There have been rumours of a black-and-white version since the film's release in 2015. And ditching the vibrant colours of the 2015 cinema release, this monochrome version is George Miller's preferred vision of his post-apocalyptic world, set chronologically between Mad Max and The Road Warrior.
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After the Oscars and a box office take of $358 million he is now being allowed to release the version of the film he originally wanted to make.
Re-releasing a major movie in black and white maybe a new one but the love affair of modern filmmakers with the monochrome look of the pre-colour age isn't unusual.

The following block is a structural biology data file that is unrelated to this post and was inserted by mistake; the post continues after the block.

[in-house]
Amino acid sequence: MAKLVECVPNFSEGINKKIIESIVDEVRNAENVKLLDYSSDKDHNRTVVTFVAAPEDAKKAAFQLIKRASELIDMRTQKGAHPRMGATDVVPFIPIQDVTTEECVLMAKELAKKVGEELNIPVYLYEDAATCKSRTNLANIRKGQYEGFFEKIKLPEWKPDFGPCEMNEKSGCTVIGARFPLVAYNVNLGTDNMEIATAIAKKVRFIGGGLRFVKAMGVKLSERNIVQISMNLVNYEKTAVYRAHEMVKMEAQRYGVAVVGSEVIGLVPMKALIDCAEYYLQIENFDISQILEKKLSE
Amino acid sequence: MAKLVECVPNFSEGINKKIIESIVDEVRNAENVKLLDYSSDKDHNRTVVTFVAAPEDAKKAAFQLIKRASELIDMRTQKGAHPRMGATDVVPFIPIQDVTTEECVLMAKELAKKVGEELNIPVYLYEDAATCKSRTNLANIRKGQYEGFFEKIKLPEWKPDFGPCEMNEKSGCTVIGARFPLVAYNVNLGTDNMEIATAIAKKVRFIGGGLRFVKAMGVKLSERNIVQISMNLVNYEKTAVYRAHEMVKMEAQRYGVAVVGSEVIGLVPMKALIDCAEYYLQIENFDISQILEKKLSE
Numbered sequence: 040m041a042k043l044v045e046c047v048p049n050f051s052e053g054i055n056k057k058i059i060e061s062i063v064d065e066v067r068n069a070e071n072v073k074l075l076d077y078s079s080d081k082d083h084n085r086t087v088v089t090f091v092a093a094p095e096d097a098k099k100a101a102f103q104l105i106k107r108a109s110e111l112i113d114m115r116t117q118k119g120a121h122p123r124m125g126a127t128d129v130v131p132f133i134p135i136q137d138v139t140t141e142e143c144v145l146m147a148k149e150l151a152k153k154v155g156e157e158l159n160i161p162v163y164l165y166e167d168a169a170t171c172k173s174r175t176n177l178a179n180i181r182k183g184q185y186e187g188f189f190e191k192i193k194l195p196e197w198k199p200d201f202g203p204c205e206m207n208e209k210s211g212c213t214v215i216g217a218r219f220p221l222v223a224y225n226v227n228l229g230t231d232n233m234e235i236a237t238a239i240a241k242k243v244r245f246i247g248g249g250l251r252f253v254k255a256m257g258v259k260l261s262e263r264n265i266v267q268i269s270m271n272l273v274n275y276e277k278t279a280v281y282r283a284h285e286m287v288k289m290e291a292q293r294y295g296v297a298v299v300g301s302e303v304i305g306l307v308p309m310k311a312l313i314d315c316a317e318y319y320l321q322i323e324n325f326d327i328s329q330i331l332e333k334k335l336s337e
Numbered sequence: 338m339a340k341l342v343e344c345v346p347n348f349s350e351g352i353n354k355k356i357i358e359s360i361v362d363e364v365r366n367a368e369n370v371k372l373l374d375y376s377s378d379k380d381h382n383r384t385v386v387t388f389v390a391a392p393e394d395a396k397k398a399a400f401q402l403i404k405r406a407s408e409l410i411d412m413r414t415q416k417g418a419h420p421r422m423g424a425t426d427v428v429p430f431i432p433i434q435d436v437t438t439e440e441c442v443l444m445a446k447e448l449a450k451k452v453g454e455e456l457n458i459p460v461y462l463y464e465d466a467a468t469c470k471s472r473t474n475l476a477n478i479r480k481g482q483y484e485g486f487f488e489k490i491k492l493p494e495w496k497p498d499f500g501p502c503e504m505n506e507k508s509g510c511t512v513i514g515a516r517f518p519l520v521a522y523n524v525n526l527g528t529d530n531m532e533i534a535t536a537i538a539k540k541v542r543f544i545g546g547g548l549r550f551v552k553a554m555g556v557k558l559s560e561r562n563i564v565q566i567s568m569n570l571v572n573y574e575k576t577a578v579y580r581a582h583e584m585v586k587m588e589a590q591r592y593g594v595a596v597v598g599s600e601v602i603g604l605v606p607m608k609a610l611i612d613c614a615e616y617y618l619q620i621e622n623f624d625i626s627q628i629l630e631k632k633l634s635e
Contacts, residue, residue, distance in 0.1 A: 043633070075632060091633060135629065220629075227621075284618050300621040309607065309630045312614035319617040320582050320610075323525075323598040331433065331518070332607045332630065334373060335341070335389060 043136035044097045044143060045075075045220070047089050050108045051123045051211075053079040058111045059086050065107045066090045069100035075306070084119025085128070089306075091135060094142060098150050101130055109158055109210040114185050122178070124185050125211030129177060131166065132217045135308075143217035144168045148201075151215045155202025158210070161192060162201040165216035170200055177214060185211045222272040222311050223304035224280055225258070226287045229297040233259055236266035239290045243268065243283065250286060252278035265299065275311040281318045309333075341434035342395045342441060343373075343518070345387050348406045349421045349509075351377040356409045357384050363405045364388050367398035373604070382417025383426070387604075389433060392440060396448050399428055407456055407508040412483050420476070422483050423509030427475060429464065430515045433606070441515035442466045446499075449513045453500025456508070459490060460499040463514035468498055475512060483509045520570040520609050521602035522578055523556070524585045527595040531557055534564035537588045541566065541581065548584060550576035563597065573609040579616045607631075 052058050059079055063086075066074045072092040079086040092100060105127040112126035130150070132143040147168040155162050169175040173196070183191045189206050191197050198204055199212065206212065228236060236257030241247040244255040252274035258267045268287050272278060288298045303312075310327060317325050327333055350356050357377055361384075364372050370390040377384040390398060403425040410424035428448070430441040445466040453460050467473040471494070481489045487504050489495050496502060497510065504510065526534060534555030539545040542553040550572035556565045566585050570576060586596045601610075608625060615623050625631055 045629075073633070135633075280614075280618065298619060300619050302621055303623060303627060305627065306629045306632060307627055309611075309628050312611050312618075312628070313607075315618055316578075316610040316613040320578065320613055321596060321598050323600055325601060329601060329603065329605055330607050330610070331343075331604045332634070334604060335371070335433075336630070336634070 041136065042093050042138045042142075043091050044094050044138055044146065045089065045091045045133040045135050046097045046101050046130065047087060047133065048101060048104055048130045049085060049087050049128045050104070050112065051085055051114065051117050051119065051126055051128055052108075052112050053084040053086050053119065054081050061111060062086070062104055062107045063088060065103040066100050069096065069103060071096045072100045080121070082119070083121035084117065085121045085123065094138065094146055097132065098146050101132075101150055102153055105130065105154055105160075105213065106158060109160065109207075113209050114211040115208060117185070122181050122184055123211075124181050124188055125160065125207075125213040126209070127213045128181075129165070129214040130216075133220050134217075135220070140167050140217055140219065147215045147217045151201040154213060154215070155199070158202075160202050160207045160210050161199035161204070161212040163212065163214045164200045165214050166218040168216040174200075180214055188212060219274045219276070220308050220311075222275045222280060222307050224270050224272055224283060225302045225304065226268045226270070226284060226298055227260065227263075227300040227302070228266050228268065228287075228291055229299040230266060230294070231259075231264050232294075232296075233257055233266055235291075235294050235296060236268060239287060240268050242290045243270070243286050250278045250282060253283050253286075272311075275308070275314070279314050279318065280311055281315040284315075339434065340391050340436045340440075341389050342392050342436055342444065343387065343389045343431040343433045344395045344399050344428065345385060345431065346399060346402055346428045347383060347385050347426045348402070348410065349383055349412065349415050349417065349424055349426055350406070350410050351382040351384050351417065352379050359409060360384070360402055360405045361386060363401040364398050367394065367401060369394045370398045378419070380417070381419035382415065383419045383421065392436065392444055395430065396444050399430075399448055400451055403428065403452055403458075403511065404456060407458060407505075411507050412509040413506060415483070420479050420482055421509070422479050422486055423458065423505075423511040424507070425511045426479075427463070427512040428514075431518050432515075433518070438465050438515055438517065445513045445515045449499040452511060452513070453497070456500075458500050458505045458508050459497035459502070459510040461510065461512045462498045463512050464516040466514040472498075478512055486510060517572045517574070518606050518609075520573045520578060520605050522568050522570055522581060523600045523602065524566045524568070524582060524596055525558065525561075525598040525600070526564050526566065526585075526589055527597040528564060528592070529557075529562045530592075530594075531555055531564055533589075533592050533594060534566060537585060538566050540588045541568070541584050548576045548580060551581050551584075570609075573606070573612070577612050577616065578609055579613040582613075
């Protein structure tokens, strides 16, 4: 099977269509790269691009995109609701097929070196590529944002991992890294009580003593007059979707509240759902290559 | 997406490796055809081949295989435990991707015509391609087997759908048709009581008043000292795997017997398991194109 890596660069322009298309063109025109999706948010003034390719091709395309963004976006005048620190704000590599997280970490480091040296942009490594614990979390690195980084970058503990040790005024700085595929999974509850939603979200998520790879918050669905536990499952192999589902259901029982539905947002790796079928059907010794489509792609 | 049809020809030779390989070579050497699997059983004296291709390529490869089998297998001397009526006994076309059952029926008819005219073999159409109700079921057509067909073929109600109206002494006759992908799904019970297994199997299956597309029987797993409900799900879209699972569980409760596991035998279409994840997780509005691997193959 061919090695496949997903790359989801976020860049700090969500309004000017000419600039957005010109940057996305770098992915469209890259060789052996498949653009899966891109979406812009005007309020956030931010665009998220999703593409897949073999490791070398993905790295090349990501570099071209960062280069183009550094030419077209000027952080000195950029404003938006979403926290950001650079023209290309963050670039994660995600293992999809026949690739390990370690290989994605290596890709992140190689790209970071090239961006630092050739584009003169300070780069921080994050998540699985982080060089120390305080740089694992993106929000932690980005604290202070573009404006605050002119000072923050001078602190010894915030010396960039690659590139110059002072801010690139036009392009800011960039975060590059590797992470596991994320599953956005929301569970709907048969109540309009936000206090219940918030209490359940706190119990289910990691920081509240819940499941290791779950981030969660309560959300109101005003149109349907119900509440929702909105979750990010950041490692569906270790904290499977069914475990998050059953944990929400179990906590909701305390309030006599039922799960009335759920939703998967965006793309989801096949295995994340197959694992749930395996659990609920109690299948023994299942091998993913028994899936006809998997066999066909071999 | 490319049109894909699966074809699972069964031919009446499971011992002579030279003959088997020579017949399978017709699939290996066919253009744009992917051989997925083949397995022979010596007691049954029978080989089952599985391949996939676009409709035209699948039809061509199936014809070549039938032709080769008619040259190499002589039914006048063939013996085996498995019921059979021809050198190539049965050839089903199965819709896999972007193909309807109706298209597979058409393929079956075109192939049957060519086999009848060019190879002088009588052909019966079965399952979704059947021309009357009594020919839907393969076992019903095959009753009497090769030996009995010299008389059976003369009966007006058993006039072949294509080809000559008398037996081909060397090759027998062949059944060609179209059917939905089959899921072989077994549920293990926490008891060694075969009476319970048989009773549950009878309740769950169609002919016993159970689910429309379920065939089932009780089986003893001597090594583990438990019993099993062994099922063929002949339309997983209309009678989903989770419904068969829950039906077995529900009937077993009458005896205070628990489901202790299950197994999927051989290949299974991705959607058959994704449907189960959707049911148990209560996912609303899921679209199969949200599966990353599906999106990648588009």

Just about every major director has had a stab at black and white film. The reasons why monochrome continues to fascinate long after being theorically superceded by colour are diverse.
For some it was a cheap option at the start of their career, like David Lynch who made Eraserhead while a film student.
For Michel Hazanavicius' Oscar-winning The Artist the choice of black and white was perhaps obviously as it was a homeage to the era of silent filmmaking. Others also use black and white to evoke the past, Steven Spielberg did with Schindler's List and Woody Allen with Manhattan, or to pay nostalgic homage like The Last Picture Show or Tim Burton's Ed Wood.
Experimental films have frequently been black and white, including Darren Aronofsky's debut Pi and Ben Wheatley's A Field in England. The look also lends itself to a DIY punk aesthetic, which Kevin Smith knew when he made Clerks.